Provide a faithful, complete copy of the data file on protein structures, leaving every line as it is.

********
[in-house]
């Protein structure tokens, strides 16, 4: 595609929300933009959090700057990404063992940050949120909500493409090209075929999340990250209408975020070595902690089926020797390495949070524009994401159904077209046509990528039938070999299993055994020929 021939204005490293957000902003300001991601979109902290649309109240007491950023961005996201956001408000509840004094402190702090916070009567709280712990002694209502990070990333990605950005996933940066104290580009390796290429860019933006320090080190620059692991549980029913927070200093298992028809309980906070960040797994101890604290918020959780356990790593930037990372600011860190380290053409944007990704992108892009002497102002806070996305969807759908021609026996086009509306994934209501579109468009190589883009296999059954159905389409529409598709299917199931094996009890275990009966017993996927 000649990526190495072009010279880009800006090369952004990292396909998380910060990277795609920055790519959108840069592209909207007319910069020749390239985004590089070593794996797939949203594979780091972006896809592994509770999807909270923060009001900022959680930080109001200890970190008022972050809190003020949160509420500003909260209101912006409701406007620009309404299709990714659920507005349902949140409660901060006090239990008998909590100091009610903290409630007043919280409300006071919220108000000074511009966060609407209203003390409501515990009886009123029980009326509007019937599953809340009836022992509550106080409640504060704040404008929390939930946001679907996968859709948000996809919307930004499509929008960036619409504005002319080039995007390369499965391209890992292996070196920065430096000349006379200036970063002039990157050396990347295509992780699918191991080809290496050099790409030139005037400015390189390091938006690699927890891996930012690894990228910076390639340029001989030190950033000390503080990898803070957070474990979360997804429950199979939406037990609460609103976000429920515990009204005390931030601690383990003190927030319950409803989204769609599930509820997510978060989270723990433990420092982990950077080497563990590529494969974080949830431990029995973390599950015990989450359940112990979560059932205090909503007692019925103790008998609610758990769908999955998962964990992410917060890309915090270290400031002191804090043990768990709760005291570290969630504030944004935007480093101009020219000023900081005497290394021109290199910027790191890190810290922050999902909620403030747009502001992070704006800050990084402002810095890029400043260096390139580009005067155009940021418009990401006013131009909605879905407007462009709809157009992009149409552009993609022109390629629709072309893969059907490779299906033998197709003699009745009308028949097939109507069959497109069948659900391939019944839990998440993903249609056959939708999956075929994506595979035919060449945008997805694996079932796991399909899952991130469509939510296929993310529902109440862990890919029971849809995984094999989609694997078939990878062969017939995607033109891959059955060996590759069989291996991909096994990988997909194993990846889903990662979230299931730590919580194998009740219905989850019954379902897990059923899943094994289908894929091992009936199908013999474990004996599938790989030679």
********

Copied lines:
[in-house]
């Protein structure tokens, strides 16, 4: 595609929300933009959090700057990404063992940050949120909500493409090209075929999340990250209408975020070595902690089926020797390495949070524009994401159904077209046509990528039938070999299993055994020929 021939204005490293957000902003300001991601979109902290649309109240007491950023961005996201956001408000509840004094402190702090916070009567709280712990002694209502990070990333990605950005996933940066104290580009390796290429860019933006320090080190620059692991549980029913927070200093298992028809309980906070960040797994101890604290918020959780356990790593930037990372600011860190380290053409944007990704992108892009002497102002806070996305969807759908021609026996086009509306994934209501579109468009190589883009296999059954159905389409529409598709299917199931094996009890275990009966017993996927 000649990526190495072009010279880009800006090369952004990292396909998380910060990277795609920055790519959108840069592209909207007319910069020749390239985004590089070593794996797939949203594979780091972006896809592994509770999807909270923060009001900022959680930080109001200890970190008022972050809190003020949160509420500003909260209101912006409701406007620009309404299709990714659920507005349902949140409660901060006090239990008998909590100091009610903290409630007043919280409300006071919220108000000074511009966060609407209203003390409501515990009886009123029980009326509007019937599953809340009836022992509550106080409640504060704040404008929390939930946001679907996968859709948000996809919307930004499509929008960036619409504005002319080039995007390369499965391209890992292996070196920065430096000349006379200036970063002039990157050396990347295509992780699918191991080809290496050099790409030139005037400015390189390091938006690699927890891996930012690894990228910076390639340029001989030190950033000390503080990898803070957070474990979360997804429950199979939406037990609460609103976000429920515990009204005390931030601690383990003190927030319950409803989204769609599930509820997510978060989270723990433990420092982990950077080497563990590529494969974080949830431990029995973390599950015990989450359940112990979560059932205090909503007692019925103790008998609610758990769908999955998962964990992410917060890309915090270290400031002191804090043990768990709760005291570290969630504030944004935007480093101009020219000023900081005497290394021109290199910027790191890190810290922050999902909620403030747009502001992070704006800050990084402002810095890029400043260096390139580009005067155009940021418009990401006013131009909605879905407007462009709809157009992009149409552009993609022109390629629709072309893969059907490779299906033998197709003699009745009308028949097939109507069959497109069948659900391939019944839990998440993903249609056959939708999956075929994506595979035919060449945008997805694996079932796991399909899952991130469509939510296929993310529902109440862990890919029971849809995984094999989609694997078939990878062969017939995607033109891959059955060996590759069989291996991909096994990988997909194993990846889903990662979230299931730590919580194998009740219905989850019954379902897990059923899943094994289908894929091992009936199908013999474990004996599938790989030679």